O’Reilly recently wrote a book on the president. “The United States of Trump: How the President Really Sees America,” published in 2019, was an “intimate” look at Trump “from a writer who has known the president for thirty years,” publishing materials said.
Trump defended O’Reilly amid sexual misconduct allegations in 2017, before the conservative commentator was ousted from the Fox News Channel.
Jan 09, 1:29 pm
Trump quiet after Twitter permanently suspends his account
Trump has been quiet Saturday after Twitter announced Friday evening that it had permanently suspended the president’s account.
“After close review of recent Tweets from the @realDonaldTrump account and the context around them — specifically how they are being received and interpreted on and off Twitter — we have permanently suspended the account due to the risk of further incitement of violence,” Twitter wrote in a statement.
Trump’s final tweet said he would not be attending Biden’s inauguration.
After Twitter’s announcement, Politico reported that the president went “ballistic” and “[scrambled] to figure out what his options [were].”
Hours after his suspension, Trump released a statement criticizing the ban and teasing a possible new platform.
“I predicted this would happen,” he wrote in part. “We have been negotiating with various other sites, and will have a big announcement soon, while we also look at the possibilities of building out our own platform in the near future. We will not be SILENCED!”
“Twitter is not about FREE SPEECH. They are all about promoting a Radical Left platform where some of the most vicious people in the world are allowed to speak freely,” he added.
Trump had attempted to post the same statement on Twitter using the official @POTUS account, but the platform deleted the thread, saying users who are banned cannot post from other accounts.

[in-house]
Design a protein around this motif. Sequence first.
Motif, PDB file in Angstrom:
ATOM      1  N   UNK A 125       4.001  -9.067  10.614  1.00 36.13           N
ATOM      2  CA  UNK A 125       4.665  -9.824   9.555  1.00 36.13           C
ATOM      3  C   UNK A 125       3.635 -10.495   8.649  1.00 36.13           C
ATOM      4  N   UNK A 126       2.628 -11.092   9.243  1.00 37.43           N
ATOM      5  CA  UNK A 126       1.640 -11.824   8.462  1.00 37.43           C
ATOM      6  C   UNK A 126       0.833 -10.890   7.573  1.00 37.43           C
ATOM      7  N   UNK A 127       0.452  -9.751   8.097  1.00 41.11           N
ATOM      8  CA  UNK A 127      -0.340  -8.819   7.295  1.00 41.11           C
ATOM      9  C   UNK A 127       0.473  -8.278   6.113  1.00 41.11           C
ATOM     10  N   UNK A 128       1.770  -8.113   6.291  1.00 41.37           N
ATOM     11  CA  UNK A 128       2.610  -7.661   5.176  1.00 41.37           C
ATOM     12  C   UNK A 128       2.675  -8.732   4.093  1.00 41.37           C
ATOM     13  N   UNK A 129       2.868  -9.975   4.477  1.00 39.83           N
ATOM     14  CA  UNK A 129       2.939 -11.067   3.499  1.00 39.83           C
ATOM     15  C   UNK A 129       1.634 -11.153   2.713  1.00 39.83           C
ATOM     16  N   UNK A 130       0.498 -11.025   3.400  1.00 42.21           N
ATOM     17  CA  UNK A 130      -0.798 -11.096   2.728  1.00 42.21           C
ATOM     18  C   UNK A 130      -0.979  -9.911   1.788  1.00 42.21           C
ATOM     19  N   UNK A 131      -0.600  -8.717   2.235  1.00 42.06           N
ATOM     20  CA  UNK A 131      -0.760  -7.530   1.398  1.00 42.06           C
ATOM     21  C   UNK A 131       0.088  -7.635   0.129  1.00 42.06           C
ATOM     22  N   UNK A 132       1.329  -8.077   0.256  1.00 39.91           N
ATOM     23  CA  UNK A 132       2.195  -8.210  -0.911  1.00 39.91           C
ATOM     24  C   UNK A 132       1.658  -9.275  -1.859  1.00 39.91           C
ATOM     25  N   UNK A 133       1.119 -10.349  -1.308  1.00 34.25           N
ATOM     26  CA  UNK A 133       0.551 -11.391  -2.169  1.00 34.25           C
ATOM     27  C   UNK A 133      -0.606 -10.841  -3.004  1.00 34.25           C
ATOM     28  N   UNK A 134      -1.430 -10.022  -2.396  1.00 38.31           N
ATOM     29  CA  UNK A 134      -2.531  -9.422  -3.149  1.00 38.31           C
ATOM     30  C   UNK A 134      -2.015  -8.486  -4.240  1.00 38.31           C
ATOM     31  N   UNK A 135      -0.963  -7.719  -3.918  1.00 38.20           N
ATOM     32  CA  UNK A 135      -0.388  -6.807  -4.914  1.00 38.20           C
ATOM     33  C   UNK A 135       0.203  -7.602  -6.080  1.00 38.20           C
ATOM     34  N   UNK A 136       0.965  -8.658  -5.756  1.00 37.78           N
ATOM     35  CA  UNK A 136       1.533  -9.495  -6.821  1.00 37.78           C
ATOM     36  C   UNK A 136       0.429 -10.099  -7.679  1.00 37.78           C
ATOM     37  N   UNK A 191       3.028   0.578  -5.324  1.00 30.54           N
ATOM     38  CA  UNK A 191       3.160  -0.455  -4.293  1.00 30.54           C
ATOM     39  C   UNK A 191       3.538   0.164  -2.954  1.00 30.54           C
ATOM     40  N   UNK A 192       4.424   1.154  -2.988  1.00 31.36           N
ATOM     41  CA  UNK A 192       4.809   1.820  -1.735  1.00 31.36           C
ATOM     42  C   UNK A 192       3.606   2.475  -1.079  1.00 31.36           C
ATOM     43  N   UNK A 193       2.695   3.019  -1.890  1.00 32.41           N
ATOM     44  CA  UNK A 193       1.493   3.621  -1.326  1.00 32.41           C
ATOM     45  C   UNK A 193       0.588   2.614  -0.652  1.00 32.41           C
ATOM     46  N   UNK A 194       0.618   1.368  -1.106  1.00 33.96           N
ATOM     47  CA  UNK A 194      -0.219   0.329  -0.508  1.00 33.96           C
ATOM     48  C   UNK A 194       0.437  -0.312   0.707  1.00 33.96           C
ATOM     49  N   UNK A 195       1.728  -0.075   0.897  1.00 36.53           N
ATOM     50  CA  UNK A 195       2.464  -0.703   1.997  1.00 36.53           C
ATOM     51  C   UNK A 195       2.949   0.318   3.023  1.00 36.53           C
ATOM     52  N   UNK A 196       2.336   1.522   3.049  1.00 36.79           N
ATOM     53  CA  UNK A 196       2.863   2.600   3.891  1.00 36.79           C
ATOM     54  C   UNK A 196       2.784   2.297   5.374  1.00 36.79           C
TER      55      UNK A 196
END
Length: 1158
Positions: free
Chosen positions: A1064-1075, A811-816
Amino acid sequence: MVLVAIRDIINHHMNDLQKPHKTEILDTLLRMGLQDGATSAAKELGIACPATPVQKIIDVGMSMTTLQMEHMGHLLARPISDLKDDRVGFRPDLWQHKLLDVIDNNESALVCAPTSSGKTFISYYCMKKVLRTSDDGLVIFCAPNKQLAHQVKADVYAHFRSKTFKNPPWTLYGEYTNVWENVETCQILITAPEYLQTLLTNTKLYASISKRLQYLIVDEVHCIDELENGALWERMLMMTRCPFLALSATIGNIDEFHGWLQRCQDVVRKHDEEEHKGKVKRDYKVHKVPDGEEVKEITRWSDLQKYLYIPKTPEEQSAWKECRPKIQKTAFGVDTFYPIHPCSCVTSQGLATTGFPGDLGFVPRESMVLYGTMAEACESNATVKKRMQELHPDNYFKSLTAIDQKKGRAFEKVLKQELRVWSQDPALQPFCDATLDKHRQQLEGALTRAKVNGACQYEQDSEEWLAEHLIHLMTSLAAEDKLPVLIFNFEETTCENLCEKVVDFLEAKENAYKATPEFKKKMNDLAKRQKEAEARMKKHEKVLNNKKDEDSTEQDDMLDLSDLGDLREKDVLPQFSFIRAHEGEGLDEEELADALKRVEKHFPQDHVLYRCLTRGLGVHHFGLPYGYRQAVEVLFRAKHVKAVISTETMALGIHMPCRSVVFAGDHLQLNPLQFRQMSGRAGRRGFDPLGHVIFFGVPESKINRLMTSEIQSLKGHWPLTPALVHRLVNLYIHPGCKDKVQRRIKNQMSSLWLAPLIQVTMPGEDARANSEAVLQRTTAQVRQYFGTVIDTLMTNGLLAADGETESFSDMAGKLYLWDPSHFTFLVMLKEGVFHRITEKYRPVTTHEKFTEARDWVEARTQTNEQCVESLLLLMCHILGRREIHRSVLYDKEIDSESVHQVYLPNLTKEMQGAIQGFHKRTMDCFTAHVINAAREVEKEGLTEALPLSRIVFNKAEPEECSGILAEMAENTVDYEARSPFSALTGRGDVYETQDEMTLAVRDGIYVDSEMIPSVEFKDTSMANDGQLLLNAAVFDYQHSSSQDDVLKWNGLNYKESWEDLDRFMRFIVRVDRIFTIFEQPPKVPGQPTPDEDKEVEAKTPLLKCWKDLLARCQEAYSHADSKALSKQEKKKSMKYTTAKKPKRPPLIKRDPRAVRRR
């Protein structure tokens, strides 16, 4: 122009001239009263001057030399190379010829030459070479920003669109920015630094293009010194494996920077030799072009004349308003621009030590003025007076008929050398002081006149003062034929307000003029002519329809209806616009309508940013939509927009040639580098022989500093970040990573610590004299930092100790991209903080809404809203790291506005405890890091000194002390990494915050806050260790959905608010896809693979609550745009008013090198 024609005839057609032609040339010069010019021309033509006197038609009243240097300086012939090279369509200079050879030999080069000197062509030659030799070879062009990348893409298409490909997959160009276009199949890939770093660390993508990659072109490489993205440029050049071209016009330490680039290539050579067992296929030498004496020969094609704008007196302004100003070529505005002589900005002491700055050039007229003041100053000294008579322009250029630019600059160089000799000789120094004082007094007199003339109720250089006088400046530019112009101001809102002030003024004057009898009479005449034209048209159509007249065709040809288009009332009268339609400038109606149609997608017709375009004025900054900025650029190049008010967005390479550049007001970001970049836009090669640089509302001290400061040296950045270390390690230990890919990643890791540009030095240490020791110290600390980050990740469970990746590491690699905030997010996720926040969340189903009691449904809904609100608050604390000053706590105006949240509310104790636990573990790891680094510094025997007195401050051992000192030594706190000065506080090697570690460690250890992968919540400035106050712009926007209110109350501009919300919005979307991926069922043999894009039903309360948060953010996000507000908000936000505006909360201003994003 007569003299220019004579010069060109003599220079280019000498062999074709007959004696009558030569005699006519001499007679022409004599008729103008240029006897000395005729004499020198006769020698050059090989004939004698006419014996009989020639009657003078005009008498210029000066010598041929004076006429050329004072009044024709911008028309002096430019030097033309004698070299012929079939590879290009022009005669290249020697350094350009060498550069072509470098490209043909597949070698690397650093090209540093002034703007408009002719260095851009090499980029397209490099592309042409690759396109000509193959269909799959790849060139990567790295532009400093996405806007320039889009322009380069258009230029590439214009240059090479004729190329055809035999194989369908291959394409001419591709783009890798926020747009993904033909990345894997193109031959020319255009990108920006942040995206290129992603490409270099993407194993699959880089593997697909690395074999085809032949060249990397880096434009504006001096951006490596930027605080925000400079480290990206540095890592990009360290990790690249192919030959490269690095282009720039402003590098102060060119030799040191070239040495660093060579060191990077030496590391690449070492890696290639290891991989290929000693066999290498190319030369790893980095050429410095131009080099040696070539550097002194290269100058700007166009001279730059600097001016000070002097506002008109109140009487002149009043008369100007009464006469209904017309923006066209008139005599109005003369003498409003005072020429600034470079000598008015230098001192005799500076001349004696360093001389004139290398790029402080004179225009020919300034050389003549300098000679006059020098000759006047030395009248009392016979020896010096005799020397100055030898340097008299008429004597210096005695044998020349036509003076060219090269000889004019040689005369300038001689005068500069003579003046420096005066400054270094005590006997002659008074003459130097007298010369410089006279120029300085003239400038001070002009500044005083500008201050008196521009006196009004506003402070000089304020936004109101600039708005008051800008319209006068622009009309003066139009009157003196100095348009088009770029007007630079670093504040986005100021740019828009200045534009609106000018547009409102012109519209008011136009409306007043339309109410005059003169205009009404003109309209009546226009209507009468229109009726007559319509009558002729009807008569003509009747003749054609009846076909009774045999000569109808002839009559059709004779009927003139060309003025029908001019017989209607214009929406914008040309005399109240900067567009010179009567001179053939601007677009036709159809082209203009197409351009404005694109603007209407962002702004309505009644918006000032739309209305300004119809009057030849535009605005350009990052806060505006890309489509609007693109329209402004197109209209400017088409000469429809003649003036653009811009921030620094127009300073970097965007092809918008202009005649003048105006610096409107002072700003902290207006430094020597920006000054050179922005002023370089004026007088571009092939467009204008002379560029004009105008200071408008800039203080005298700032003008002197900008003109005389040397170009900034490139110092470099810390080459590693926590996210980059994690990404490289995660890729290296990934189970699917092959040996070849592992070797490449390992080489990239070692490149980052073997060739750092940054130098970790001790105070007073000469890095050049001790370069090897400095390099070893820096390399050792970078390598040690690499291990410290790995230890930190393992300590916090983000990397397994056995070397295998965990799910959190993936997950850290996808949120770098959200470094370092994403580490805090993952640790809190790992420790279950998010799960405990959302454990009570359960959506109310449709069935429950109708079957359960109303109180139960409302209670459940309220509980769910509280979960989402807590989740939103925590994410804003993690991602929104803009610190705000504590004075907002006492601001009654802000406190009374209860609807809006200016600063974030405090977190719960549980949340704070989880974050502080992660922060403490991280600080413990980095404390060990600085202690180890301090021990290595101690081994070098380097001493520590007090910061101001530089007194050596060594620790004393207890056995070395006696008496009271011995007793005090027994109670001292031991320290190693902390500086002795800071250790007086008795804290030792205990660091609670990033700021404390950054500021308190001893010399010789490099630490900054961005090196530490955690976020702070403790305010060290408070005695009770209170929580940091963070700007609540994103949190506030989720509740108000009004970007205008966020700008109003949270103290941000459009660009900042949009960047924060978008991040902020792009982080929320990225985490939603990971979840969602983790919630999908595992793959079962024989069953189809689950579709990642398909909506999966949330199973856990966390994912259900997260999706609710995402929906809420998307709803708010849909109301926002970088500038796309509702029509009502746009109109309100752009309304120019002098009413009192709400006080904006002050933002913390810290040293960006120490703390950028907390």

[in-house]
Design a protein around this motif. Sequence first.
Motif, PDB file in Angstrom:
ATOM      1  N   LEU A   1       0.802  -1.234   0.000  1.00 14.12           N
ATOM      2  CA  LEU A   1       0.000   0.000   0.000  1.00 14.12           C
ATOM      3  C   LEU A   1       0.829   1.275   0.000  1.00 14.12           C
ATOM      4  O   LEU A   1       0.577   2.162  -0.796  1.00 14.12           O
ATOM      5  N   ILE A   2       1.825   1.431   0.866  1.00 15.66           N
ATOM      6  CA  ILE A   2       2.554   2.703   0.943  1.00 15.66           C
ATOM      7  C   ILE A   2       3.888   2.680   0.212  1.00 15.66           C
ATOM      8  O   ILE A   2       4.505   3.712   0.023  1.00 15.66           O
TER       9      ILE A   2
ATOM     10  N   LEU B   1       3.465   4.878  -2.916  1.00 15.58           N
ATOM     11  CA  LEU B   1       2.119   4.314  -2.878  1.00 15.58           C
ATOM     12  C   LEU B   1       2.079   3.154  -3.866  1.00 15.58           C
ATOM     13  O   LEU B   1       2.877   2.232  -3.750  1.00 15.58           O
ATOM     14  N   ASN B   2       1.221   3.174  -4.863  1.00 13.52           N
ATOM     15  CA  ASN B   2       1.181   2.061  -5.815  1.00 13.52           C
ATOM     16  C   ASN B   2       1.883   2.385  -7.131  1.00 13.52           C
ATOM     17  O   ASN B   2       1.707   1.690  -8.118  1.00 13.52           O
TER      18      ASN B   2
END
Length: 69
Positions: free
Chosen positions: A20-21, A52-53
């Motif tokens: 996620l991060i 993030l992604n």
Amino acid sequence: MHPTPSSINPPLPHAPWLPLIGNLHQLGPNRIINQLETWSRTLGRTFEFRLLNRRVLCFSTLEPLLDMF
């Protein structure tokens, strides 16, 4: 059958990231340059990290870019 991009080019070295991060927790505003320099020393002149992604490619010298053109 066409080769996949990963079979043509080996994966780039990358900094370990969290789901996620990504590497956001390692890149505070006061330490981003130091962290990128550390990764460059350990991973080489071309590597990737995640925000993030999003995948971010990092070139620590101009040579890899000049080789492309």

Secretary of State Mike Pompeo blasted Twitter Saturday, comparing the ban of the president to something that would happen in China.
“Silencing speech is dangerous. It’s un-American. Sadly, this isn’t a new tactic of the Left. They’ve worked to silence opposing voices for years. We cannot let them silence 75M Americans. This isn’t the [Chinese Communist Party,]” he wrote on Twitter.
Former Ambassador to the United Nations Nikki Haley also took to the platform to draw a comparison to China writing, “Silencing people, not to mention the President of the US, is what happens in China not our country. #Unbelievable”
The White House announced Thursday that the president planned to spend the weekend at Camp David before notifying reporters that the trip was canceled. The president has nothing on his schedule Saturday.
-ABC News’ Mark Osborne and Conor Finnegan
Jan 09, 12:51 pm
More resignations following Capitol riot
Two more senior Trump administration officials resigned following the president’s remarks Wednesday and the violent assault on Capitol Hill that ensued, ABC News confirmed Saturday.
Anthony Ruggiero, the senior director for counterproliferation and biodefense on the National Security Council, resigned Thursday, a source familiar with the situation confirmed. He joins deputy national security adviser Matt Pottinger and other senior NSC officials who quit over Trump’s comments.
The State Department lost its first assistant secretary over the week’s events, too. Dr. Chris Ford, the top diplomat for arms control, resigned Friday, a second source familiar with the situation confirmed.
The Washington Post reported that Ford originally announced his departure Wednesday morning but sent a follow-up note to staff Friday resigning immediately and condemning those in the administration who “are willing to condone, or even to incite, violent insurrection against the country I hold dear and whose Constitution I have taken a sacred oath to support and defend” — a tacit reference to Trump.
-ABC News’ Conor Finnegan
Jan 09, 12:18 pm
Former Republican senator calls on Trump to resign
Republican former Maine Sen. Olympia Snowe has called on the president to resign following Wednesday’s violent storming of the Capitol by a pro-Trump mob.
“President Trump should resign from office now to allow our nation to begin to heal and prepare for the transition to the Biden presidency,” Snowe tweeted Saturday.
The former senator joins other Republicans, like Sen. Lisa Murkowski, R-Alaska, and Rep. Adam Kinzinger, R-Ill., in calling for the president to leave his post or for his removal before his term ends on Jan. 20.
Known as a moderate, Snowe served as senator from Maine between 1995 and 2013.